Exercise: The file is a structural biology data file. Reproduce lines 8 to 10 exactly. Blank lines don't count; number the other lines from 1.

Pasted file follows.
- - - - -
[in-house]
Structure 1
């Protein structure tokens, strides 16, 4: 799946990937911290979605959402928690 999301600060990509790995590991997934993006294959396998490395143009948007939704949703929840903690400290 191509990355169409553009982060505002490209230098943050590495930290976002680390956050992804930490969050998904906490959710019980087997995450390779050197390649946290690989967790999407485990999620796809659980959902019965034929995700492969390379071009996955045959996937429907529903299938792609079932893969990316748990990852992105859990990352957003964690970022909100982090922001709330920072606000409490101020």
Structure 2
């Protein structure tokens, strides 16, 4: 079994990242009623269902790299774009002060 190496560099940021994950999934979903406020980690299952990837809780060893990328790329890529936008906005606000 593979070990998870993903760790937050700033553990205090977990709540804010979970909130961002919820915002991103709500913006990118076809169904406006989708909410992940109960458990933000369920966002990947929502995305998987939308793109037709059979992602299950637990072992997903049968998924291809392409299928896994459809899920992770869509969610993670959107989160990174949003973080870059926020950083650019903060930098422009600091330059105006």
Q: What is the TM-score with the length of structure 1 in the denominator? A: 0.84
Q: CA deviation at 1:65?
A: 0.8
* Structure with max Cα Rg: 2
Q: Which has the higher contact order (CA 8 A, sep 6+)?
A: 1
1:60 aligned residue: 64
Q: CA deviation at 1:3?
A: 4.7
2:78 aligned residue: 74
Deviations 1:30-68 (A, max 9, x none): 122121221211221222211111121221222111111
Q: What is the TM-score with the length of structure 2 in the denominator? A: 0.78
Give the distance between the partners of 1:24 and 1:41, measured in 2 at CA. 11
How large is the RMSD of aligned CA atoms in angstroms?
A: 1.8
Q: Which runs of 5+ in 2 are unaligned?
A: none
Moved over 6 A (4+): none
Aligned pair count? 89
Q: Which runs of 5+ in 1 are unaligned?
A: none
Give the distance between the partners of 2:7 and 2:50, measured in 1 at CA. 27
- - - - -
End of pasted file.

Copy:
A: 0.8
* Structure with max Cα Rg: 2
Q: Which has the higher contact order (CA 8 A, sep 6+)?